Beginner’s Mind

Apropos of the new year, I’ve been thinking about the mental attitude we cultivate in meditation called “beginner’s mind”. Phillip Moffitt described it in Dancing with Life as “empty of preconceived notions about what is supposed to be and expectations as to what it can achieve.” It is the mind of surrender, the mind open and humble and listening. Without a receptive attitude toward experience, we cannot see what is actually there. Preconceived notions and preexisting views cloud our vision. In Zen Mind, Beginner’s Mind, Shunryu Suzuki (Suzuki Roshi) said:

“The goal of practice is always to keep our beginner’s mind. Suppose you recite the Prajna Paramita Sutra only once. It might be a very good recitation. But what would happen to you if you recited it twice, three times, four times, or more? You might easily lose your original attitude towards it. The same thing will happen in your other Zen practices. … although you may improve some, you’re liable to lose the limitless meaning of original mind.

…Our ‘original mind’ includes everything within itself. It is always rich and sufficient within itself. You should not lose your self-sufficient state of mind. This does not mean a closed mind, but actually an empty mind and a ready mind. If your mind is empty, it is always ready for anything; it is open to everything. In the beginner’s mind there are many possibilities; in the expert’s mind there are few.”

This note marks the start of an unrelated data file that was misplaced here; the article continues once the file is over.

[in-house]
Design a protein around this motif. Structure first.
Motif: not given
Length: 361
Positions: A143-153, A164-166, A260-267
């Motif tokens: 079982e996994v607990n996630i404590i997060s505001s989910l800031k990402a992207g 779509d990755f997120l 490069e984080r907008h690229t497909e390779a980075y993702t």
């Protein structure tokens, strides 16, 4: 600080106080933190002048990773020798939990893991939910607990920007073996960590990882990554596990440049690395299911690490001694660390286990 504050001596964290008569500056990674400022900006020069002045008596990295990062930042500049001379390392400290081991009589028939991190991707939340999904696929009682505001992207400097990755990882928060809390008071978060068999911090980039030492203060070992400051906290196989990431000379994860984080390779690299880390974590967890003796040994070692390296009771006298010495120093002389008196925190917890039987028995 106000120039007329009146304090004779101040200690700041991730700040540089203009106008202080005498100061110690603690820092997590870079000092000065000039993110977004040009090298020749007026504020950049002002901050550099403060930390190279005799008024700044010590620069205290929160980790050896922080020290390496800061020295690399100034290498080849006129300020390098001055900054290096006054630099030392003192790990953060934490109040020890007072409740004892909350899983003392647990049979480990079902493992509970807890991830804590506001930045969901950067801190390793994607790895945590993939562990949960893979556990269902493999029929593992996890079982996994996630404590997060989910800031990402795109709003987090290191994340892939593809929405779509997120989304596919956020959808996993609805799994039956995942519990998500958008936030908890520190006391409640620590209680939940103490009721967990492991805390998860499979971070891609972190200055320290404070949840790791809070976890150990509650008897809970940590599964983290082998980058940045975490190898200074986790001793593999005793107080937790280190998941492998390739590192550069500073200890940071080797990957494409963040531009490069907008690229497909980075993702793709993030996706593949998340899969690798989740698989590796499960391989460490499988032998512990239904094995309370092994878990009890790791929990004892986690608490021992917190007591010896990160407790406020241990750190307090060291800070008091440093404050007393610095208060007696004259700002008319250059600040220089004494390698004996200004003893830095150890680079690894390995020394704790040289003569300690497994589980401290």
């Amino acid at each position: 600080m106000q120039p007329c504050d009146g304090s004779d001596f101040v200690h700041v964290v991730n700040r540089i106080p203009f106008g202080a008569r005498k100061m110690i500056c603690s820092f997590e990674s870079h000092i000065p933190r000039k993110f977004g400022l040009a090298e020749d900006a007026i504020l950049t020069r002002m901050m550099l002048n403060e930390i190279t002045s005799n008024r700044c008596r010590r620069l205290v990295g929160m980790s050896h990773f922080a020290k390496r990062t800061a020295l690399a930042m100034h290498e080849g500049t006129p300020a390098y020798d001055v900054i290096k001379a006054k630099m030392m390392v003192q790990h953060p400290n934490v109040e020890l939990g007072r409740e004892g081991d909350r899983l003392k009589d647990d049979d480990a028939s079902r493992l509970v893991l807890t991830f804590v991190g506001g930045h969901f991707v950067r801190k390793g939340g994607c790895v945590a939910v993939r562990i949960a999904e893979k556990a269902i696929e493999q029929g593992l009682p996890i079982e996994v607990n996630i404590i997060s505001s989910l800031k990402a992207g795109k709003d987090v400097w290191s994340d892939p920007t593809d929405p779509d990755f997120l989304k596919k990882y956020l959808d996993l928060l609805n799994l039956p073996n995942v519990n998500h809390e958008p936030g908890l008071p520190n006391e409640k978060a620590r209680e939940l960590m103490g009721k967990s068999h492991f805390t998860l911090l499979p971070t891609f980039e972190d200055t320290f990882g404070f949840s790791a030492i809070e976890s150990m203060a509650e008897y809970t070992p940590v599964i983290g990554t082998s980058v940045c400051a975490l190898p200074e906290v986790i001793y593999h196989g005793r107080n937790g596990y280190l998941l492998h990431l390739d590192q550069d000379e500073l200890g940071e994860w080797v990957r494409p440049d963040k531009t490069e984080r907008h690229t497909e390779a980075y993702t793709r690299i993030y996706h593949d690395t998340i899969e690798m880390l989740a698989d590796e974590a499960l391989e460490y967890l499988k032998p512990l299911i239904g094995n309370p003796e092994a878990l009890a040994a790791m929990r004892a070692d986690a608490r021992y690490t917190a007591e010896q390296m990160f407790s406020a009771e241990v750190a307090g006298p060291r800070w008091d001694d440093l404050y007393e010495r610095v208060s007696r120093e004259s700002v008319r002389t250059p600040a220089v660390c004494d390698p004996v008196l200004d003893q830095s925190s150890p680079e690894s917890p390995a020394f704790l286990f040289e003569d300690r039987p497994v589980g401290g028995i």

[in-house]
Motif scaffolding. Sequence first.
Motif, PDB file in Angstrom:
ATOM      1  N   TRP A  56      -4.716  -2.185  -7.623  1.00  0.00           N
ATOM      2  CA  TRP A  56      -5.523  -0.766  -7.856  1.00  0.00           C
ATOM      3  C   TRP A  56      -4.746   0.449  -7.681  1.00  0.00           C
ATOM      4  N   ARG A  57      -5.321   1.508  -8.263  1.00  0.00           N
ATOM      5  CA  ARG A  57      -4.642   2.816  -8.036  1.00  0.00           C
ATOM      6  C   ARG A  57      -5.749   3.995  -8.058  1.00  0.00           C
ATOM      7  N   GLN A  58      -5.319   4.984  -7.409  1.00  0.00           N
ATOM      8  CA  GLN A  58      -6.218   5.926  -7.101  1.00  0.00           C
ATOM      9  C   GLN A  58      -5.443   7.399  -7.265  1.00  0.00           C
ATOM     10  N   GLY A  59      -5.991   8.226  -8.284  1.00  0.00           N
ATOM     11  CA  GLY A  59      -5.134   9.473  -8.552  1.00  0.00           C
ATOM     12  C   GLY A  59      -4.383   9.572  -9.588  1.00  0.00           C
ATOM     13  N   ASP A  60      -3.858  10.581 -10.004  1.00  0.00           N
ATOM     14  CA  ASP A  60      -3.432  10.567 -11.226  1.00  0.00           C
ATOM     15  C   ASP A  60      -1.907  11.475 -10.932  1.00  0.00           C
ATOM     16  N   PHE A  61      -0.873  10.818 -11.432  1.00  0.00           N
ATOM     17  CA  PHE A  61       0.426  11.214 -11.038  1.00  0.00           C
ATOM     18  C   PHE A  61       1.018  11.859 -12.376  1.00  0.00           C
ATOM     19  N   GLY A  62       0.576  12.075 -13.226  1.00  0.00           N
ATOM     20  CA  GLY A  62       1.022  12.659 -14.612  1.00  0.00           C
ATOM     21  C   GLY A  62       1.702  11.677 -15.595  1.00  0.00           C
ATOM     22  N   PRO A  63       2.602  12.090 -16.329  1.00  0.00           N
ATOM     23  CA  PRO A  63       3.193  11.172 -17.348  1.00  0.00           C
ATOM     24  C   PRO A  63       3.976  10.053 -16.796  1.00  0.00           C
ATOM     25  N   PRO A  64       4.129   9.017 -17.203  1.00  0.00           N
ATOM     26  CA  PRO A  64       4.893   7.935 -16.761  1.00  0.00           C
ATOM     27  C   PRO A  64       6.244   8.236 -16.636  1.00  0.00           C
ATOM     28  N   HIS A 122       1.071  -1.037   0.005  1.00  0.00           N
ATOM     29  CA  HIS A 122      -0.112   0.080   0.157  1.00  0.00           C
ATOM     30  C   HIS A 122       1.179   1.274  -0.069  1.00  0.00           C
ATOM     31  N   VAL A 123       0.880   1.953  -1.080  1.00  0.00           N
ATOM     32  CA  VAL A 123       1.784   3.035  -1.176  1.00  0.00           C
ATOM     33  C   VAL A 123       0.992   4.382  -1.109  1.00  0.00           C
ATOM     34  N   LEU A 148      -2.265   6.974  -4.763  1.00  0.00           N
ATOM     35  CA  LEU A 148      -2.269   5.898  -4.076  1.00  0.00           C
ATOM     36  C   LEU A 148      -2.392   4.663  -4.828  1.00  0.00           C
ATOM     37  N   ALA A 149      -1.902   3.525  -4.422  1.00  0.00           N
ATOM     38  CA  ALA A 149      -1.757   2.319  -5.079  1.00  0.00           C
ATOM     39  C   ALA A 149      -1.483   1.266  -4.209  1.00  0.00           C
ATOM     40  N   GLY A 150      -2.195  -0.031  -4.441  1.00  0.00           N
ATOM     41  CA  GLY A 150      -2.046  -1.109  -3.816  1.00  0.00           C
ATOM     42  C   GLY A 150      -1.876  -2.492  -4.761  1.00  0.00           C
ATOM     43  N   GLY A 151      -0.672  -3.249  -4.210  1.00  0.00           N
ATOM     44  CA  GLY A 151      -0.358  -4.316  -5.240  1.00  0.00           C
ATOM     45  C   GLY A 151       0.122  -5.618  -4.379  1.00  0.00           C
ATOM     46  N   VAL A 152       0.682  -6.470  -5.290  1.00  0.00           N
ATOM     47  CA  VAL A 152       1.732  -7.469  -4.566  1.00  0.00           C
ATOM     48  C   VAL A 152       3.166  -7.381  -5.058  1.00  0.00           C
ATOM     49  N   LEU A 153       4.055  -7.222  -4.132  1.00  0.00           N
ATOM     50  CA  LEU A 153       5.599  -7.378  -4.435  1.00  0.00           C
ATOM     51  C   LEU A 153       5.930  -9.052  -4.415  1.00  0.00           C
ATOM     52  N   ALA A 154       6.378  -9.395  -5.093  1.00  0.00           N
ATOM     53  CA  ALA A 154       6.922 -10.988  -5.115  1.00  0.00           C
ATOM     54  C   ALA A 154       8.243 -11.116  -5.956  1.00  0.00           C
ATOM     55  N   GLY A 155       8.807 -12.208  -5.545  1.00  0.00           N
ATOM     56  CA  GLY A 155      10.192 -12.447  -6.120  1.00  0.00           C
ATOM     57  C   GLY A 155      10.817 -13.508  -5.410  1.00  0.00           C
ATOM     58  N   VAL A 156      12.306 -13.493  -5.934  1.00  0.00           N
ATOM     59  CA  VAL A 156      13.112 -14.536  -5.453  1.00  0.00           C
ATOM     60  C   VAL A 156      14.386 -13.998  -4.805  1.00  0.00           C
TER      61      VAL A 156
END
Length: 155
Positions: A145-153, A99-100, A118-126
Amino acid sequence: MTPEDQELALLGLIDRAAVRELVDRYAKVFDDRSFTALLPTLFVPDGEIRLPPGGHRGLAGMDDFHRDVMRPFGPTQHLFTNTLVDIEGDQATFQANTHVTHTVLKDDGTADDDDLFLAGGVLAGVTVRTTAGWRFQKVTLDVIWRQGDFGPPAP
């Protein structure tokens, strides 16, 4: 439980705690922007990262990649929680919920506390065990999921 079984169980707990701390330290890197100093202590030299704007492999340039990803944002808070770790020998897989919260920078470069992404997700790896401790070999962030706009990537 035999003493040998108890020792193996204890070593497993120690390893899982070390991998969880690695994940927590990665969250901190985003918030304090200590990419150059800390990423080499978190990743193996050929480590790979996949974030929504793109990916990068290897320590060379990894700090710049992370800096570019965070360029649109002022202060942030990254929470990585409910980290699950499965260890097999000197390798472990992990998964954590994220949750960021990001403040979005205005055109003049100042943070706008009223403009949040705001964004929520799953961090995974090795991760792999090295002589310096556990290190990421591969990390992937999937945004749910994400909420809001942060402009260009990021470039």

Moffitt suggests two concrete steps to establishing beginner’s mind. First, “the ego has to give up the idea of its omnipotence. It must accept its own defeat ….” Accepting one’s own defeat may seem a difficult task, until we remember that the ego never was omnipotent in the first place. What we “accept” is simply the truth: we do not control our experiences.

Second, Moffitt instructs, “forsake your desires and ideas about what you will accomplish.” Again, this is an instruction in recognizing our lack of control. The Buddha said that ” the future is always other than you imagined it,” and this is true whether or not something goes as planned. Our ideas about what experience is are never the same as the experience itself. We imagine a night out, or a vacation, or a day on the job, and although everything goes according to schedule, the experience itself is not the same as the narrative we constructed beforehand. To boot, the experience is always better, always more satisfying, than a mental construct of it. The mind’s conjectures, however fanciful, pale in comparison to actual lived experience.

Moffitt reminds us that we control neither the future nor the present. The only control we have is in how we meet the moment. If we bring the openness of beginner’s mind, we are more likely to meet our experiences without resistance, opinion, or greed. We can simply acknowledge, in Ajahn Sumedho‘s words, “This moment is like this”. That is the wisdom of original mind, rich and sufficient within itself.

In meditation, we are always beginners. There is never a time when we have practiced enough that we will know what our experience is without looking at it. What we gain from such close inspection is the truth of the moment, but not because beginner’s mind tries to understand experience, only because it tries to see it. From Emily Carson‘s Something Makes Me Open My Eyes:

“And you know that one day you will understand what you passed through but that you don’t need that day because it is the passing through that will help you and not the understanding.”

We can pass through each moment with an open, surrendered awareness that admits that we don’t know what is here. We can approach each breath with beginner’s mind. Happy New Year.